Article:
Before visiting the Moulin Rouge, one can reflect on how life fleets by and how those lovely dancers' bodies will rot by going round the corner and visiting the Montmartre Cemetery, Paris's northern cemetery. Much smaller than Père Lachaise, it really is a very cramped place to spend eternity. As with the other cemeteries of Paris, it has its celebrities: Berlioz, Delibes, the Camondo family. It seems to have more cats than the others.
Where this cemetery is far superior to the others is in the helpfulness of the staff. At all of the Paris cemeteries the staff will give the coordinates of and directions to any grave if one has the correct name and date of death. Ask for anything more, however, such as the name of the person who paid for the plot or, if it is a family vault, for the names of all those interred within, and the usual response is a refusal to give out that information. At Montparnasse, one is told that it is not permitted to reveal such details and the register books are kept downstairs. At Père Lachaise, we were told that no one could ever learn those secrets; when we tried to insist, we were fed a pack of ridiculous lies.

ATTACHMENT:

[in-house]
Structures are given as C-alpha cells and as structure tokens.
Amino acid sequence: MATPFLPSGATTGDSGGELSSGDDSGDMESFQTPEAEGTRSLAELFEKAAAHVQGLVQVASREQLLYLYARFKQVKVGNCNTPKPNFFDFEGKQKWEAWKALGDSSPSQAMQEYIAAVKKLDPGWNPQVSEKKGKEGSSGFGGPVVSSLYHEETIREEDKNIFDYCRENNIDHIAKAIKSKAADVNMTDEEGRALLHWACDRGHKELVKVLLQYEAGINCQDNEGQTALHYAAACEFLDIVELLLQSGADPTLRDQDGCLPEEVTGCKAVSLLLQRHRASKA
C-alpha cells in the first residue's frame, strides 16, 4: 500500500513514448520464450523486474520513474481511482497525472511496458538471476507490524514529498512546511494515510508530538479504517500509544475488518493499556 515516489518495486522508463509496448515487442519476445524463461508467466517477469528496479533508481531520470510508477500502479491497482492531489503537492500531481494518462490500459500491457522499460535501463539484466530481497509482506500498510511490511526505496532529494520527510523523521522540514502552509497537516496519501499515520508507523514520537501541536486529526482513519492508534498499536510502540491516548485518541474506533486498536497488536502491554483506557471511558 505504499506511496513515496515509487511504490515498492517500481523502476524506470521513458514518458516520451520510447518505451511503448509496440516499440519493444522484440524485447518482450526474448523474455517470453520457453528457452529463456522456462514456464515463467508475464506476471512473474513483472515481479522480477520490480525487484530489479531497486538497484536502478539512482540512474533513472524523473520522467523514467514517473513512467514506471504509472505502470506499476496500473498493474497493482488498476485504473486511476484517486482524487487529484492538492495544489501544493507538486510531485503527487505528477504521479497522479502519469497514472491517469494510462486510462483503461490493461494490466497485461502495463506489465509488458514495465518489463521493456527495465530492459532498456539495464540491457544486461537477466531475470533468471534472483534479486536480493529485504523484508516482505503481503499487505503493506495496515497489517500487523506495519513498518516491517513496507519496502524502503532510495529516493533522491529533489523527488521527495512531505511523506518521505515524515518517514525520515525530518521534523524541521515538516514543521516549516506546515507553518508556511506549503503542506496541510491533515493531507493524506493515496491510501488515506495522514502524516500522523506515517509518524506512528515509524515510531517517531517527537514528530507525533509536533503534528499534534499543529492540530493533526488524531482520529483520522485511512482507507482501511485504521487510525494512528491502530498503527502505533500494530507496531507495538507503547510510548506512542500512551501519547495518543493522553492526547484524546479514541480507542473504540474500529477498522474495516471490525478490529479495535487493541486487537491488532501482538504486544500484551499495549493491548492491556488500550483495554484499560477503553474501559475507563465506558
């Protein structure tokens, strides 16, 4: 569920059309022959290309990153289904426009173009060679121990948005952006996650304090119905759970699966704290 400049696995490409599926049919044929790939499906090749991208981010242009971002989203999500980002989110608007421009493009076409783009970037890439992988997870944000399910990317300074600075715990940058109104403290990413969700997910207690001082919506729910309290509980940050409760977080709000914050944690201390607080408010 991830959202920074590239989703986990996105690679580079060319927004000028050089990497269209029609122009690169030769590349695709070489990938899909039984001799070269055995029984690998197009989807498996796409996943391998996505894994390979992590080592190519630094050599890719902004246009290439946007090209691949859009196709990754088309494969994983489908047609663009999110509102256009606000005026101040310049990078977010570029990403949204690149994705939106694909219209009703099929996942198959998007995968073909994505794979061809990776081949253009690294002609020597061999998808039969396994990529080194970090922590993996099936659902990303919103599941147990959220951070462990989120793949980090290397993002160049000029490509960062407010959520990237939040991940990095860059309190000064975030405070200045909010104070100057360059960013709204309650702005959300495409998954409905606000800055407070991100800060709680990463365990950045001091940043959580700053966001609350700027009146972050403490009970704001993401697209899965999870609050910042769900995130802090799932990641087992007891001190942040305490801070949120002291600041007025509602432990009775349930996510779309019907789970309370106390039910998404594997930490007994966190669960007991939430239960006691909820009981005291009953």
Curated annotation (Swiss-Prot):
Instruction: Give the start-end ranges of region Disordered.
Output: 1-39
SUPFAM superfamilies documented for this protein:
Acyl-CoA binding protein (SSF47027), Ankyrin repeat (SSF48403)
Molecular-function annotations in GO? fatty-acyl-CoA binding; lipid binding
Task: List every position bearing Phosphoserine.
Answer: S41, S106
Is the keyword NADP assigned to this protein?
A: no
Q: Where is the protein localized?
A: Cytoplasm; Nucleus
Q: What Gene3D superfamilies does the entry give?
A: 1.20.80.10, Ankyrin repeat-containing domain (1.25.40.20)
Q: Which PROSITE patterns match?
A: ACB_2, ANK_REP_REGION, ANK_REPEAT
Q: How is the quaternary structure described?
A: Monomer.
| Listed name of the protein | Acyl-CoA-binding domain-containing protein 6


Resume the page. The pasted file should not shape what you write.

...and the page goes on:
At Montmartre, we sought a grave and as many details as possible about it. Not only was the cat moved from the counter so we could be shown the register books, we were allowed to photograph them. Even better, we were allowed to do the same with the file on that person, which showed who else was buried there. As these other names were not on the grave marker, this generosity on the part of the very kind staff yielded valuable genealogical information about the family.
We cannot say why the staff are friendlier at Montmartre; it must be the cats.
©2010 Anne Morddel